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Smart Growth

Building Blocks for Sustainable Communities

This video from EPA describes how a walkability audit — one of the Building Blocks tools — was conducted in Blue Springs, Missouri.This video from Housing & Community Solutions, Inc. (HCSI) describes how community members in the 26th Ward of St. Louis, Missouri, worked with HCSI to apply for technical assistance from EPA's Building Blocks for Sustainable Communities Program. This technical assistance included a walkability audit in the 26th Ward.
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Communities around the country are seeking tools to help them achieve their desired development goals, improve quality of life, and become more economically and environmentally sustainable. In response to this demand, EPA developed the Building Blocks for Sustainable Communities Program in 2011.

Building Blocks for Sustainable Communities provides quick, targeted technical assistance to selected communities using tools that are designed to address a variety of challenges in many different local contexts. The purpose of delivering these tools is to stimulate a discussion about growth and development and strengthen local capacity to implement sustainable approaches.

A tool includes:

  • An agenda, presentations, and exercises that help facilitate discussion around a given topic.
  • A topic-focused self-assessment, which allows the community to provide data or information to inform the conversation.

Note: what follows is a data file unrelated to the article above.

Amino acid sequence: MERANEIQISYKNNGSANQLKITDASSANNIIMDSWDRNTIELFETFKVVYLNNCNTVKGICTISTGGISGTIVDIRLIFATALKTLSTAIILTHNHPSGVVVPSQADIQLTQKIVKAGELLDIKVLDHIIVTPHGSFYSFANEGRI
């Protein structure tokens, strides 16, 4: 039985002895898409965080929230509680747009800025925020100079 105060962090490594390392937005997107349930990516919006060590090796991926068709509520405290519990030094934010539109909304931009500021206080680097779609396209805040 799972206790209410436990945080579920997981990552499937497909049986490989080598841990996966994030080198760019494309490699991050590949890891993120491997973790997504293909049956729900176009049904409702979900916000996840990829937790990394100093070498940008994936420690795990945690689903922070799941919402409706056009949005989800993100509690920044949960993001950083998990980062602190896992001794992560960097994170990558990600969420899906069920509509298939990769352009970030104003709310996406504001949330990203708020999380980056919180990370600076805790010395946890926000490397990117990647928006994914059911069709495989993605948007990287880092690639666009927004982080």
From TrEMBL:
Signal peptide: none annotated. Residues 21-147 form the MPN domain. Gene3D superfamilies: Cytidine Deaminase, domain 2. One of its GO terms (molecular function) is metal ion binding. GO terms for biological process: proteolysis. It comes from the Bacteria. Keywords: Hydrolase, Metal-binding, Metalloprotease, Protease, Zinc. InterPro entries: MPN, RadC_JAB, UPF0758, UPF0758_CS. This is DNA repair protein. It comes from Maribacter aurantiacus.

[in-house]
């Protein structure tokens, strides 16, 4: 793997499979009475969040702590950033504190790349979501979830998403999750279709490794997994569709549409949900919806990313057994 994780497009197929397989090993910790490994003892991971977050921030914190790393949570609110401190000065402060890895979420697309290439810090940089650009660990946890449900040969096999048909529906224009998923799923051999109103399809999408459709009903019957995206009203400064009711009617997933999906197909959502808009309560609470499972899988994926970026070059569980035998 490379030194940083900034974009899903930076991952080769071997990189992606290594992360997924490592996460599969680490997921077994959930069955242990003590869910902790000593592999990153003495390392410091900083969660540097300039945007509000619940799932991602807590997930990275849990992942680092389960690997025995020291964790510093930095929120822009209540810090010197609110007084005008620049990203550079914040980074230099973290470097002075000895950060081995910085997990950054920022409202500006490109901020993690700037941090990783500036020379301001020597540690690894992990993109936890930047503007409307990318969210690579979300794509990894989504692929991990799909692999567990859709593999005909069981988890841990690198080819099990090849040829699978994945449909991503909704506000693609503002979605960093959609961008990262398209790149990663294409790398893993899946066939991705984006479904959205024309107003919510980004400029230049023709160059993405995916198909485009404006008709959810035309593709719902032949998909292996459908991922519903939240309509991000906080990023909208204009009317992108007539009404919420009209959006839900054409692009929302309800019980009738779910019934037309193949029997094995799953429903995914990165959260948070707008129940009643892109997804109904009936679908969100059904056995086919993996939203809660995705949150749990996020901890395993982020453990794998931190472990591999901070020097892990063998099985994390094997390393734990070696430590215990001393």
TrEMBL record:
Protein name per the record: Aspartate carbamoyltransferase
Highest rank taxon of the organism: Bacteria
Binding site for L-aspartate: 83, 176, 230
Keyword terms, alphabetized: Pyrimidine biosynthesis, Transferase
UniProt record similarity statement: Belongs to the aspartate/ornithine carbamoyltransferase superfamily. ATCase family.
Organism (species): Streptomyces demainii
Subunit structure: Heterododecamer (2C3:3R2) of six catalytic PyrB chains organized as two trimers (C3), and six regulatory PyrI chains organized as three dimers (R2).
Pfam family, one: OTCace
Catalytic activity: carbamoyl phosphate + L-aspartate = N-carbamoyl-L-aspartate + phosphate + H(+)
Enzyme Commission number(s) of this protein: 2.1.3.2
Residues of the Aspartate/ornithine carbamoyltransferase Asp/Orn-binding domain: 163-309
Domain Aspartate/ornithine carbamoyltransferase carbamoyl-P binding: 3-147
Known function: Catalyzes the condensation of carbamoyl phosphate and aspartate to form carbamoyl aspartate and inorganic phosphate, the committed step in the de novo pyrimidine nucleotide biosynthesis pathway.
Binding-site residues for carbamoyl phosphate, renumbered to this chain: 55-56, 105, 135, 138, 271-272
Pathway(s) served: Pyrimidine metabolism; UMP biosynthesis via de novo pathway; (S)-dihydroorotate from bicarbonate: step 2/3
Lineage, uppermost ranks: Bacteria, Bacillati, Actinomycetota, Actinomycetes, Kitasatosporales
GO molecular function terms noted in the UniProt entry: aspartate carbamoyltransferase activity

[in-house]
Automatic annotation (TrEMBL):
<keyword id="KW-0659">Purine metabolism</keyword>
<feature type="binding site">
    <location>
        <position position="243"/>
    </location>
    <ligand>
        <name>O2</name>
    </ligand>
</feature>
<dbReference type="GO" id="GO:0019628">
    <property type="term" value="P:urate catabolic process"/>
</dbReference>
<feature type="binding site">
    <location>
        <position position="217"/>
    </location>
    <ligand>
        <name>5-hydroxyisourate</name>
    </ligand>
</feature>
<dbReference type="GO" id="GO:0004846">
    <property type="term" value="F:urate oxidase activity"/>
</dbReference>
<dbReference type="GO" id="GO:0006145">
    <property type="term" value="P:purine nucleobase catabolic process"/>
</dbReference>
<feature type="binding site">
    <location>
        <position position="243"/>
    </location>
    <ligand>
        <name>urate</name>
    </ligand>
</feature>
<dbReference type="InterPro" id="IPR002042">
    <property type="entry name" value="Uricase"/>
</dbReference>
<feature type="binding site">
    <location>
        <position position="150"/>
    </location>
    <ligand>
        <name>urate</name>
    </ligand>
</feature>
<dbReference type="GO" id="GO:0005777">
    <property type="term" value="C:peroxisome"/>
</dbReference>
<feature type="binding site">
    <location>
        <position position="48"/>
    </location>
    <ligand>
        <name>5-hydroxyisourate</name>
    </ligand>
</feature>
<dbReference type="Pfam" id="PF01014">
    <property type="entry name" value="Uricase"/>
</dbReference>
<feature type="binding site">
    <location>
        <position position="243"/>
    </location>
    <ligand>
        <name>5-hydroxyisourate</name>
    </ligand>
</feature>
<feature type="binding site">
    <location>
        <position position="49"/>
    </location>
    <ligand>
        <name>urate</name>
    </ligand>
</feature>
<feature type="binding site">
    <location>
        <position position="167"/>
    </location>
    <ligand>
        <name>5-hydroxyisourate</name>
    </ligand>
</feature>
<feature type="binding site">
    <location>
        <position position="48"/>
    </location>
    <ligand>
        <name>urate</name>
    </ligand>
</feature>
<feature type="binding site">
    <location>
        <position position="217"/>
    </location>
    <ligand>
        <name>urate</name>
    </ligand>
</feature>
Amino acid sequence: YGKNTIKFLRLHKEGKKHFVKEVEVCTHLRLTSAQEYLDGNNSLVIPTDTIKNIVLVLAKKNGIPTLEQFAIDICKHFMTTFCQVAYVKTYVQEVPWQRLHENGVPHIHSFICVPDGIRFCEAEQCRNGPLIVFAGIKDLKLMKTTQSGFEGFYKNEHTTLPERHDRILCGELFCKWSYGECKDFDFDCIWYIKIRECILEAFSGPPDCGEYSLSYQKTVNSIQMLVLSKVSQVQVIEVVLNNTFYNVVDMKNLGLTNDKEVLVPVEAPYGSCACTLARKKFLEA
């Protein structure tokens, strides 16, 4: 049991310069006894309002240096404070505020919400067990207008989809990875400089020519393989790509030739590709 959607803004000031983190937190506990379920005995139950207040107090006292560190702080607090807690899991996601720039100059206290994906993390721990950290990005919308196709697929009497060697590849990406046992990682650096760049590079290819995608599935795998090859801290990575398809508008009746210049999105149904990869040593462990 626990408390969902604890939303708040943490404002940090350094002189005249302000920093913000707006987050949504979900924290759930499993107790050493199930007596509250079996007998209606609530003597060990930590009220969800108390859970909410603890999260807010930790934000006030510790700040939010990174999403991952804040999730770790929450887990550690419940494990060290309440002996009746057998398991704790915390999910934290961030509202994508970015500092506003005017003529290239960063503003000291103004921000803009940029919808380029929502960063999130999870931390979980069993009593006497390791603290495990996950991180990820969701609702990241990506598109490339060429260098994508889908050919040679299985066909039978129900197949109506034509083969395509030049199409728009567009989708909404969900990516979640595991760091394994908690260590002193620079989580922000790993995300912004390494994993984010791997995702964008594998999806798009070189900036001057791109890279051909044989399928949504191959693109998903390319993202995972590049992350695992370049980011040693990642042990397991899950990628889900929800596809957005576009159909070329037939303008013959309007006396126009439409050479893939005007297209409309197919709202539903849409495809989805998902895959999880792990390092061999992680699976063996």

• An action-oriented and inclusive process that leads to a set of potential next steps and partnerships.

Technical assistance is delivered by EPA staff and EPA-hired consultant teams. Each technical assistance project includes:

  • Public engagement through a two-day workshop.
  • Direct consultation with relevant decision-makers and potential partners.
  • A memo outlining specific next steps generated during the workshop that the community could take to achieve its goals.

The workshop focuses on the issues and priorities determined by the community leaders who applied. The sessions typically include an educational component on major concepts or relevant case studies, engagement with and feedback from community members and stakeholders, and an action planning session based on the feedback collected during the workshop. The public meeting on the first evening is open to all members of the community. The second-day technical workshop is open as well, but typically consists of a smaller set of local decision-makers, community leaders, representatives from relevant state and federal agencies, and other nongovernmental organizations.

The benefits each community gets from the process are vary by project and are specific to the community. Some common benefits include:

  • Engagement with residents and stakeholders around a specific topic, which yields valuable feedback and ideas as well as creating buy-in and community spirit around proposed initiatives.
  • Creation of key partnerships and relationships both within the community and with state and federal staff and programs.
  • The creation of a locally driven and expert-guided action plan that is both attainable and ambitious.

See the Frequently Asked Questions About Building Blocks for Sustainable Communities for more information.

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Applying for Assistance

The request for letters of interest for Building Blocks assistance closed on November 20, 2020. It is available here for reference only.

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Past Recipients of Building Blocks Assistance

EPA has conducted nearly 200 Building Blocks projects in 47 states. See the list of communities that received assistance.

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Grantee-Led Assistance

From 2012 to 2017, EPA awarded grants to nonprofit organizations to conduct community assistance similar to EPA's Building Blocks Program. Those grants have ended. Learn more about the past grantee-led assistance.

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